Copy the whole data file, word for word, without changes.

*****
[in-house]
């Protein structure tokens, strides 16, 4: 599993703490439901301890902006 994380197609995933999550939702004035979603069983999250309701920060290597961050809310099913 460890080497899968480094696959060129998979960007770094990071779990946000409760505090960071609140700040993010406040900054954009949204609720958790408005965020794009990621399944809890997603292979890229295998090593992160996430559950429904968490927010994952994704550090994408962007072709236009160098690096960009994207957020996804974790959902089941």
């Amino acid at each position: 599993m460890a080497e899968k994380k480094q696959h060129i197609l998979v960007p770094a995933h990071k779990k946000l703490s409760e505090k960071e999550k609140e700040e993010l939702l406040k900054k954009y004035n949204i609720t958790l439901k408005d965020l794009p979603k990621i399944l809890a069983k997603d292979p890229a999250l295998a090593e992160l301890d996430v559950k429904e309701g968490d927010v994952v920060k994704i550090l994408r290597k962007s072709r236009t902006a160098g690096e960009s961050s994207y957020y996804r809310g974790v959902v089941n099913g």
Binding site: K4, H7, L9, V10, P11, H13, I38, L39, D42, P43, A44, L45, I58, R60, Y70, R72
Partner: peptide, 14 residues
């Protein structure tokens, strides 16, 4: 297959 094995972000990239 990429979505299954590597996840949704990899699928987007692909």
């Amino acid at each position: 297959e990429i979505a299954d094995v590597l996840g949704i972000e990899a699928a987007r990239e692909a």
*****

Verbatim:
[in-house]
């Protein structure tokens, strides 16, 4: 599993703490439901301890902006 994380197609995933999550939702004035979603069983999250309701920060290597961050809310099913 460890080497899968480094696959060129998979960007770094990071779990946000409760505090960071609140700040993010406040900054954009949204609720958790408005965020794009990621399944809890997603292979890229295998090593992160996430559950429904968490927010994952994704550090994408962007072709236009160098690096960009994207957020996804974790959902089941």
């Amino acid at each position: 599993m460890a080497e899968k994380k480094q696959h060129i197609l998979v960007p770094a995933h990071k779990k946000l703490s409760e505090k960071e999550k609140e700040e993010l939702l406040k900054k954009y004035n949204i609720t958790l439901k408005d965020l794009p979603k990621i399944l809890a069983k997603d292979p890229a999250l295998a090593e992160l301890d996430v559950k429904e309701g968490d927010v994952v920060k994704i550090l994408r290597k962007s072709r236009t902006a160098g690096e960009s961050s994207y957020y996804r809310g974790v959902v089941n099913g």
Binding site: K4, H7, L9, V10, P11, H13, I38, L39, D42, P43, A44, L45, I58, R60, Y70, R72
Partner: peptide, 14 residues
């Protein structure tokens, strides 16, 4: 297959 094995972000990239 990429979505299954590597996840949704990899699928987007692909």
């Amino acid at each position: 297959e990429i979505a299954d094995v590597l996840g949704i972000e990899a699928a987007r990239e692909a």